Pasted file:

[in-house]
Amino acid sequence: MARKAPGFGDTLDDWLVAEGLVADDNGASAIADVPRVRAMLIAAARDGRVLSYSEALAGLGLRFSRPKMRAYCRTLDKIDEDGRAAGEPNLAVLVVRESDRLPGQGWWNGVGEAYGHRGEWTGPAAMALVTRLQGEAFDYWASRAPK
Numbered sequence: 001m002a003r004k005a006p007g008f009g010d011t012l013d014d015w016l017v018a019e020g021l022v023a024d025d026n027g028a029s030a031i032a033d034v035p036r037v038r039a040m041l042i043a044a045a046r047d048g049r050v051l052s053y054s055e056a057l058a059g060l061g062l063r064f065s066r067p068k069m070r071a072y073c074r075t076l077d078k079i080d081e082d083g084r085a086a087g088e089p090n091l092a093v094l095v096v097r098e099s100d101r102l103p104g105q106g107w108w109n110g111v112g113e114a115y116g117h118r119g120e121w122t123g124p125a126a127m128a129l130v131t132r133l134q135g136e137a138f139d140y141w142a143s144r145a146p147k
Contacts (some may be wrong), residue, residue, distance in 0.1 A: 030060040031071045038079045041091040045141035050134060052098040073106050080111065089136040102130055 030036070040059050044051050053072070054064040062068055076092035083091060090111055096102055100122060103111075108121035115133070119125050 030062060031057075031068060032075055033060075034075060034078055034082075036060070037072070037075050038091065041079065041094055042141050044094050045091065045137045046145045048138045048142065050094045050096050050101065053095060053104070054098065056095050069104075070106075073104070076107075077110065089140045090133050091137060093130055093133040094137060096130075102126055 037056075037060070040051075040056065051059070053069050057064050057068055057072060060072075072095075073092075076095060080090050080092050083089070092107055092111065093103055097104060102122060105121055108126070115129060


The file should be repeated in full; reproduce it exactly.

[in-house]
Amino acid sequence: MARKAPGFGDTLDDWLVAEGLVADDNGASAIADVPRVRAMLIAAARDGRVLSYSEALAGLGLRFSRPKMRAYCRTLDKIDEDGRAAGEPNLAVLVVRESDRLPGQGWWNGVGEAYGHRGEWTGPAAMALVTRLQGEAFDYWASRAPK
Numbered sequence: 001m002a003r004k005a006p007g008f009g010d011t012l013d014d015w016l017v018a019e020g021l022v023a024d025d026n027g028a029s030a031i032a033d034v035p036r037v038r039a040m041l042i043a044a045a046r047d048g049r050v051l052s053y054s055e056a057l058a059g060l061g062l063r064f065s066r067p068k069m070r071a072y073c074r075t076l077d078k079i080d081e082d083g084r085a086a087g088e089p090n091l092a093v094l095v096v097r098e099s100d101r102l103p104g105q106g107w108w109n110g111v112g113e114a115y116g117h118r119g120e121w122t123g124p125a126a127m128a129l130v131t132r133l134q135g136e137a138f139d140y141w142a143s144r145a146p147k
Contacts (some may be wrong), residue, residue, distance in 0.1 A: 030060040031071045038079045041091040045141035050134060052098040073106050080111065089136040102130055 030036070040059050044051050053072070054064040062068055076092035083091060090111055096102055100122060103111075108121035115133070119125050 030062060031057075031068060032075055033060075034075060034078055034082075036060070037072070037075050038091065041079065041094055042141050044094050045091065045137045046145045048138045048142065050094045050096050050101065053095060053104070054098065056095050069104075070106075073104070076107075077110065089140045090133050091137060093130055093133040094137060096130075102126055 037056075037060070040051075040056065051059070053069050057064050057068055057072060060072075072095075073092075076095060080090050080092050083089070092107055092111065093103055097104060102122060105121055108126070115129060